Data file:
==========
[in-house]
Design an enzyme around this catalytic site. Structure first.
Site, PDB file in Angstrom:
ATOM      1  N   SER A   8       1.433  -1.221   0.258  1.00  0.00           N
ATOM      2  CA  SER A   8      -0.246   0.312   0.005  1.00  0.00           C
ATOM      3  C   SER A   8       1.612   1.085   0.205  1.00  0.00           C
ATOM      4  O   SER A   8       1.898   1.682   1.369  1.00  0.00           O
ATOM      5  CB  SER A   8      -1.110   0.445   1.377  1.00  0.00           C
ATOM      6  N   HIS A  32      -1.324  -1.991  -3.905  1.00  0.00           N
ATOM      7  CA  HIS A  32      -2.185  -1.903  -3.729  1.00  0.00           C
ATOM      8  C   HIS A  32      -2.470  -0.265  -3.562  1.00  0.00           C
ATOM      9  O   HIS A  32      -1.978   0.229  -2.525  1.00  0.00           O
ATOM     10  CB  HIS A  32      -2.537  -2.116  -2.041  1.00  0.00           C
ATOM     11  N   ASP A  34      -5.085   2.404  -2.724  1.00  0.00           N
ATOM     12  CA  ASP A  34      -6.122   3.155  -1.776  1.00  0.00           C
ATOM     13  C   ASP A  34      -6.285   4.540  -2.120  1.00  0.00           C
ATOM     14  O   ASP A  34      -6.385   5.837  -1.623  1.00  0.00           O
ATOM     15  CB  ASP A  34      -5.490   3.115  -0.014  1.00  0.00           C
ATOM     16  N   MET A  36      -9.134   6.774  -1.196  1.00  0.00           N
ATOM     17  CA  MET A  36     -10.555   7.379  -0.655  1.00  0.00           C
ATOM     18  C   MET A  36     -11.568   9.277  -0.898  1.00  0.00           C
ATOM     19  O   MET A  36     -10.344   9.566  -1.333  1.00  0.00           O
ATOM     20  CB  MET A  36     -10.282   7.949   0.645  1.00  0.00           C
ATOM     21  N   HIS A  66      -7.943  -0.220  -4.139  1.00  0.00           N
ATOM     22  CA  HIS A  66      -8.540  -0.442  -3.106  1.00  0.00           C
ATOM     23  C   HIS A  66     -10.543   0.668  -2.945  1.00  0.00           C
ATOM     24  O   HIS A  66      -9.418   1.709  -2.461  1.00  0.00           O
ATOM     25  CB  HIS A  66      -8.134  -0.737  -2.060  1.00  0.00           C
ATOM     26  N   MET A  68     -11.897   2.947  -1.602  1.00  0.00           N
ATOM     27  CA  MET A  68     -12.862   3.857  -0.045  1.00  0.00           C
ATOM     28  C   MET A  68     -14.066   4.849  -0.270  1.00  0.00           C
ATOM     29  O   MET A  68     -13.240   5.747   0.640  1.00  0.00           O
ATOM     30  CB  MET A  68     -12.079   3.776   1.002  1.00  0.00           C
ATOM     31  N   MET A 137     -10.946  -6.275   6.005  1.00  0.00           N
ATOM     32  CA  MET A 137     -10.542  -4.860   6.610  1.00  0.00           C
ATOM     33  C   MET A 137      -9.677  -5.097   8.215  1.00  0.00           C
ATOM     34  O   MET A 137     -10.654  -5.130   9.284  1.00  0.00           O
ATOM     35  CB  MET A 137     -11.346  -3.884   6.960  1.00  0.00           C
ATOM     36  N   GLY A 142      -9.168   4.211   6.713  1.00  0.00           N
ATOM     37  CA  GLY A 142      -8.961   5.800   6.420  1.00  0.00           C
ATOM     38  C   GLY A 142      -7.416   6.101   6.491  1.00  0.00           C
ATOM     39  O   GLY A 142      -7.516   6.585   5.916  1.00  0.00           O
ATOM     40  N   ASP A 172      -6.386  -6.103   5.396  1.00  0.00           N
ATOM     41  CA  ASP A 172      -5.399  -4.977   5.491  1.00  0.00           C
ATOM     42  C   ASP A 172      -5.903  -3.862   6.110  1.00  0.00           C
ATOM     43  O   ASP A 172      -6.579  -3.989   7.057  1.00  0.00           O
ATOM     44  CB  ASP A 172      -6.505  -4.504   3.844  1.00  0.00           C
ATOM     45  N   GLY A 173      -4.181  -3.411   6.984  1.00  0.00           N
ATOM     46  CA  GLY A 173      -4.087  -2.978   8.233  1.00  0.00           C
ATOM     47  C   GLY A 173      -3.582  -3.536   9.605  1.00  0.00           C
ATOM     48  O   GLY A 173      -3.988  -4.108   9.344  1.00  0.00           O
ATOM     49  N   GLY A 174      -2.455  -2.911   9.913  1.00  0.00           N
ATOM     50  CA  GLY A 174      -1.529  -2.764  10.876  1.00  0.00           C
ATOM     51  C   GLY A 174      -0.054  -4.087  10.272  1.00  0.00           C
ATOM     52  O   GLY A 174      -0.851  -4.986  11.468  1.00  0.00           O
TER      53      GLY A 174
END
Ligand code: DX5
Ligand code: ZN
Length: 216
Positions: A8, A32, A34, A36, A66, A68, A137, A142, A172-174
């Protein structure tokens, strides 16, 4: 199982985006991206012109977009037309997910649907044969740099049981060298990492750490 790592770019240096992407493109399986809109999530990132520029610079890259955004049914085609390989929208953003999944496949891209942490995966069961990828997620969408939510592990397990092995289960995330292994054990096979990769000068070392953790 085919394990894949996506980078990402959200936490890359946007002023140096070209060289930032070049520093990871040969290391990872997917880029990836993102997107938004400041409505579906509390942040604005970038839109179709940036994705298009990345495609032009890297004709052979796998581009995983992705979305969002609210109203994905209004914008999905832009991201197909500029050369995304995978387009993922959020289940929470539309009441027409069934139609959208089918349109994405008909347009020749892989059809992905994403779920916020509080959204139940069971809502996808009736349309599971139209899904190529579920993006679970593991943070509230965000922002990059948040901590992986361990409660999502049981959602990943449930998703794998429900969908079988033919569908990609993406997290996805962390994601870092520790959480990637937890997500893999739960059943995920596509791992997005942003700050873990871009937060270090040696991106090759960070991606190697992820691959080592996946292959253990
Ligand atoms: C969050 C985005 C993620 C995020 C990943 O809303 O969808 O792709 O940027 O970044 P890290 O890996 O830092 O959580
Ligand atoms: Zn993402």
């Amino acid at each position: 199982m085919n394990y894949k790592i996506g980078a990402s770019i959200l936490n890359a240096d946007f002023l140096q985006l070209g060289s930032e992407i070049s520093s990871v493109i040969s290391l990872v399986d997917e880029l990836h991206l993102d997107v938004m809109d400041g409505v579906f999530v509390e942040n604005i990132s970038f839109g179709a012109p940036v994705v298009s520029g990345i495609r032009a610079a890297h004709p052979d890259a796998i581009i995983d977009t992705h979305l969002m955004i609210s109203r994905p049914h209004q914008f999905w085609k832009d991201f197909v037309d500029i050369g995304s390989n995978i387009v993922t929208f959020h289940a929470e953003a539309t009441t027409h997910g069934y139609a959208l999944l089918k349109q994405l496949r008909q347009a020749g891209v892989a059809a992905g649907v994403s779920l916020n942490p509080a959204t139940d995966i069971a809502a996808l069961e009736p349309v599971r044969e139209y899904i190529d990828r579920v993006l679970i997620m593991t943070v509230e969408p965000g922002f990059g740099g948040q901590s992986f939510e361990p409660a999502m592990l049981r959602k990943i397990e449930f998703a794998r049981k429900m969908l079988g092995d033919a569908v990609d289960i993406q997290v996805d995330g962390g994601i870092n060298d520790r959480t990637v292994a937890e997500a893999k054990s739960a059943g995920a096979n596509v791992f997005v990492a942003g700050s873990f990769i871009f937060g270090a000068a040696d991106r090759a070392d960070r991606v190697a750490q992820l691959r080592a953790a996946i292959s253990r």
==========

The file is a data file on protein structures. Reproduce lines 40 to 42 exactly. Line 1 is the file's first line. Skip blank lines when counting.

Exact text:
ATOM     37  CA  GLY A 142      -8.961   5.800   6.420  1.00  0.00           C
ATOM     38  C   GLY A 142      -7.416   6.101   6.491  1.00  0.00           C
ATOM     39  O   GLY A 142      -7.516   6.585   5.916  1.00  0.00           O